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PigletJohn, help needed re boiler capacity and BTU panic

(4 Posts)
ChunkyHare Thu 21-Jul-16 18:16:46

We are having a new boiler and radiators replaced in our house very soon.

The company doing it came out, measured everything up and recommended a Worcester 24i boiler. All good.

But, we are buying and supplying our own towel radiators for the bathroom and en-suite. The BTU calculator suggests 1600-1900 BTU but due to wanting to hang 2 bath sheets on it daily we needed a tall one. These are coming out with much higher BTUs namely 2914. Each.

I have a 13 and 10 year old boys who smell shower daily and so we are having dual fuel towel radiators which require 600w elements to dry the towels in the summer.

Is the increase in watts for the central heating going to be an issue for the new boiler? I can roughly work out radiators in watts and I think my hot water tank is 210 litres because it is a 4 bed house with a bathroom and an en-suite but only 1 shower at the moment (electric shower will be fitted into the bathroom shortly)

Do you think I need to ring the company and tell them that the towel radiators are of a higher BTU than they would have imagined or would they have calculated a margin of need that far exceed the maximum output of the boiler?

It would be around 600-700 watts higher. blush Damn those lovely towel radiators.

PigletJohn Thu 21-Jul-16 19:41:57

you probably mean something like this which has a 24kW output (it can be adjusted downward at installation if necessary) which is ample for quite a large old house. It is unlikely that your house needs more. It is quite unusual for a modern heating system to run flat out even in very cold weather. Modern boilers modulate the flame size and fan speed according to heat demand. An extra 600W here or there will not be noticed.

For example I have a 24kW boiler and a hw cylinder, the calculated heat loss of the house is actually about 15kW when freezing outside, so the boiler mostly ticks along quietly and rarely turns itself to full power. I have fitted oversized radiators so it can heat the house faster from cold if it has been empty all week, though with a modern programmable thermostat it is less necessary.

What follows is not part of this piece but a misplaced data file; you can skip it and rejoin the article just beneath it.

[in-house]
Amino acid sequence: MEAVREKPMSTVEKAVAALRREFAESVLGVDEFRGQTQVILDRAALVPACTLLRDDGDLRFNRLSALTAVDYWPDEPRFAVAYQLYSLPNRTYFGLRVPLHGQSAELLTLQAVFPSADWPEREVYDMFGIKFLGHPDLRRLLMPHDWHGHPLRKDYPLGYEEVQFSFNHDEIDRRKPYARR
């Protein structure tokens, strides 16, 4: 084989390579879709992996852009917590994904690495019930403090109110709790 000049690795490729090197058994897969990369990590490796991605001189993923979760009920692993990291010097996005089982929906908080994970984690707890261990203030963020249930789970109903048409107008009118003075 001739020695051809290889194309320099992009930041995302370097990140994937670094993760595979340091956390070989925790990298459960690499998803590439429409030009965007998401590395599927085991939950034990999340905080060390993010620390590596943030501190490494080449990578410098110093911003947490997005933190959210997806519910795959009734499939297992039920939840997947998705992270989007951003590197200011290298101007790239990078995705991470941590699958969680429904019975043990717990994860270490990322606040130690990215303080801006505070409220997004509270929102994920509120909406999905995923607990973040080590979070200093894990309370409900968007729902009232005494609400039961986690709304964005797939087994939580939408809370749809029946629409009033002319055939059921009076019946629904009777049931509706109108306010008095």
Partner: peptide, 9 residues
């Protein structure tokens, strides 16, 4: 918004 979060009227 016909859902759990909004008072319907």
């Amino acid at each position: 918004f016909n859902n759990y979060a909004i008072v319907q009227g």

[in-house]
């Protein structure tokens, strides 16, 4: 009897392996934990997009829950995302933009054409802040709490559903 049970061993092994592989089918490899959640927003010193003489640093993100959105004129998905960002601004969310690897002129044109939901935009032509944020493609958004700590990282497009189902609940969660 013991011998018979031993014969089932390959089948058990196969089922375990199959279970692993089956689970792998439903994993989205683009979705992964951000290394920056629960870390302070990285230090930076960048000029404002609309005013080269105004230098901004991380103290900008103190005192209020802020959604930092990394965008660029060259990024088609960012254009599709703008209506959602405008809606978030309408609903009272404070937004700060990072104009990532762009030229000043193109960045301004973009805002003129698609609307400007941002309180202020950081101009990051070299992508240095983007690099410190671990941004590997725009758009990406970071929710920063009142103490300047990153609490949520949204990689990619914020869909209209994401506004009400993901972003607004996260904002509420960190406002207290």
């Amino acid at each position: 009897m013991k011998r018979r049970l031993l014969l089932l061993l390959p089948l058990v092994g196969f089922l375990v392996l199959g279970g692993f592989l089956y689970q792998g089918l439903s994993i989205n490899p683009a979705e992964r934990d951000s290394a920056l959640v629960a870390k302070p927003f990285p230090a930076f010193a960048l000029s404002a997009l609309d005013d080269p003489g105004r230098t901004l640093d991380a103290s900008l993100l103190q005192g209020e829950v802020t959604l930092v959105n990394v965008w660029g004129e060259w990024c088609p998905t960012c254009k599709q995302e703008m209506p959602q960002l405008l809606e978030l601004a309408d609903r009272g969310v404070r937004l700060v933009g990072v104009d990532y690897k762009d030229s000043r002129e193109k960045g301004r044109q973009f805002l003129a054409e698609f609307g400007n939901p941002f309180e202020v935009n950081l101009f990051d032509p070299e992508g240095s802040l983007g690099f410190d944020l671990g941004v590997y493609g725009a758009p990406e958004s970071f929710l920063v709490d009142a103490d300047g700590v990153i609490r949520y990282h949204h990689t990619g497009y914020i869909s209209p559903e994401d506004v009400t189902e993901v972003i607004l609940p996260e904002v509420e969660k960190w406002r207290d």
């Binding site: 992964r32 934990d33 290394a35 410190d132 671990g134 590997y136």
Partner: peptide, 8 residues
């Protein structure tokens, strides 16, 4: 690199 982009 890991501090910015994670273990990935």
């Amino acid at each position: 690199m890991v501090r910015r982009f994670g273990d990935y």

Of course you will be having TRVs on all your radiators except the one in the room with the wall stat, so none of the radiators will draw more heat than is needed to maintain the room at a comfortable temperature, even if the rads are oversized.

For interest, calculate the nominal heat demand of your house here
Unless it is large and old, I'm sure 24kW will be plenty.

BTW 100,000 BTU is round about 30kW (near enough for your estimates)

BTW2, if your cylinder is adjacent to one or more of the bathrooms, you can have the pipework plumbed so that the towel rail(s) heat up during and after every bath or shower (i.e. whenever the cylinder is being reheated) which is very convenient. The installers will know how to do it but might grumble about extra work and charge extra. Only very posh people use this method.

PigletJohn Thu 21-Jul-16 19:57:53


The SI has been developed since 1875, and a generally agreed version published in in 1960, so unless you live in a backward part of the world (Burma, Liberia, or the United States) your plumbers should have been using it since 1980 or earlier. The only reason I can see for using BTUs is that the numbers are bigger so sound more impressive than kW.

ChunkyHare Thu 21-Jul-16 21:26:48

Thank you so much for this it really helps.

It was a worry as I have 15 radiators and didn't want to kill a brand new boiler with my ridiculous oooh so pretty towel radiators grin which are replacing 2 of the 15 radiators.

The towel radiators break it down into watts and BTUs at 50 and 60 degrees but I had no idea what temperature the water in the radiators runs at.

I have seen a video on YouTube of a chap who plumbed his towel rail the way you describe which we did think was genius. Sadly I need that wall to put the shower on as that is where the bath is.

Again, thank you so much for your help.

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